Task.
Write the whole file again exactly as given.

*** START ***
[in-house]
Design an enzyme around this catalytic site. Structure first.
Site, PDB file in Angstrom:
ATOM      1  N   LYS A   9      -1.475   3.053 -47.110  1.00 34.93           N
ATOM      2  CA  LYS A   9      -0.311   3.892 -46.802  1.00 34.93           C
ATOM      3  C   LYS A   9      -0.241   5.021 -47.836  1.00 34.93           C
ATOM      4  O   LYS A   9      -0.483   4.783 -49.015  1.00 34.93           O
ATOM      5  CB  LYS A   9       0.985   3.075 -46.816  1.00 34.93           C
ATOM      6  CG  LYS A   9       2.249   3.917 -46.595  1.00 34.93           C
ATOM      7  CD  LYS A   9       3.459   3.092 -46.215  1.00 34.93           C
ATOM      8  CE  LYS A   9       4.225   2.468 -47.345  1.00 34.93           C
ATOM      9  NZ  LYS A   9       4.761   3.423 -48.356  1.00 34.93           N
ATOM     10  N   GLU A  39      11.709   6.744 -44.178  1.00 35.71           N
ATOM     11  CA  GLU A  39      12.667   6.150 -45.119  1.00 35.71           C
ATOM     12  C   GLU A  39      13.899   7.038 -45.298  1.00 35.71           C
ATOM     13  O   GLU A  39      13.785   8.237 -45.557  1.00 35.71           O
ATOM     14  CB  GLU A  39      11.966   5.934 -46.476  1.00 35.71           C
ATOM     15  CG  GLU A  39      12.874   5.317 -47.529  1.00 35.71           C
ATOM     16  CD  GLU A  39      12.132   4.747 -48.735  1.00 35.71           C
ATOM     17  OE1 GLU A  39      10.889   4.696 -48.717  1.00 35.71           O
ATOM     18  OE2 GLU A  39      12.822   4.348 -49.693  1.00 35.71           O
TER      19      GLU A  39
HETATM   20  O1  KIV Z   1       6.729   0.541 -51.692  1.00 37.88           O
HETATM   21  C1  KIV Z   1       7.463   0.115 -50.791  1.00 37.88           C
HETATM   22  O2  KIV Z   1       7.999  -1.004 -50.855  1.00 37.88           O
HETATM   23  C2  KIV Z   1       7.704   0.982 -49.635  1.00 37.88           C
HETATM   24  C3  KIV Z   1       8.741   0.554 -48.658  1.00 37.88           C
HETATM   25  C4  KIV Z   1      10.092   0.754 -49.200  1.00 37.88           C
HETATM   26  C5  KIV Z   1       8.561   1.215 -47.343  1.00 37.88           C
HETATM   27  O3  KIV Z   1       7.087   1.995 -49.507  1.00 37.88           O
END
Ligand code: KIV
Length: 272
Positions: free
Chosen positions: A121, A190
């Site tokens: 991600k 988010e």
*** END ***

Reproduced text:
[in-house]
Design an enzyme around this catalytic site. Structure first.
Site, PDB file in Angstrom:
ATOM      1  N   LYS A   9      -1.475   3.053 -47.110  1.00 34.93           N
ATOM      2  CA  LYS A   9      -0.311   3.892 -46.802  1.00 34.93           C
ATOM      3  C   LYS A   9      -0.241   5.021 -47.836  1.00 34.93           C
ATOM      4  O   LYS A   9      -0.483   4.783 -49.015  1.00 34.93           O
ATOM      5  CB  LYS A   9       0.985   3.075 -46.816  1.00 34.93           C
ATOM      6  CG  LYS A   9       2.249   3.917 -46.595  1.00 34.93           C
ATOM      7  CD  LYS A   9       3.459   3.092 -46.215  1.00 34.93           C
ATOM      8  CE  LYS A   9       4.225   2.468 -47.345  1.00 34.93           C
ATOM      9  NZ  LYS A   9       4.761   3.423 -48.356  1.00 34.93           N
ATOM     10  N   GLU A  39      11.709   6.744 -44.178  1.00 35.71           N
ATOM     11  CA  GLU A  39      12.667   6.150 -45.119  1.00 35.71           C
ATOM     12  C   GLU A  39      13.899   7.038 -45.298  1.00 35.71           C
ATOM     13  O   GLU A  39      13.785   8.237 -45.557  1.00 35.71           O
ATOM     14  CB  GLU A  39      11.966   5.934 -46.476  1.00 35.71           C
ATOM     15  CG  GLU A  39      12.874   5.317 -47.529  1.00 35.71           C
ATOM     16  CD  GLU A  39      12.132   4.747 -48.735  1.00 35.71           C
ATOM     17  OE1 GLU A  39      10.889   4.696 -48.717  1.00 35.71           O
ATOM     18  OE2 GLU A  39      12.822   4.348 -49.693  1.00 35.71           O
TER      19      GLU A  39
HETATM   20  O1  KIV Z   1       6.729   0.541 -51.692  1.00 37.88           O
HETATM   21  C1  KIV Z   1       7.463   0.115 -50.791  1.00 37.88           C
HETATM   22  O2  KIV Z   1       7.999  -1.004 -50.855  1.00 37.88           O
HETATM   23  C2  KIV Z   1       7.704   0.982 -49.635  1.00 37.88           C
HETATM   24  C3  KIV Z   1       8.741   0.554 -48.658  1.00 37.88           C
HETATM   25  C4  KIV Z   1      10.092   0.754 -49.200  1.00 37.88           C
HETATM   26  C5  KIV Z   1       8.561   1.215 -47.343  1.00 37.88           C
HETATM   27  O3  KIV Z   1       7.087   1.995 -49.507  1.00 37.88           O
END
Ligand code: KIV
Length: 272
Positions: free
Chosen positions: A121, A190
């Site tokens: 991600k 988010e």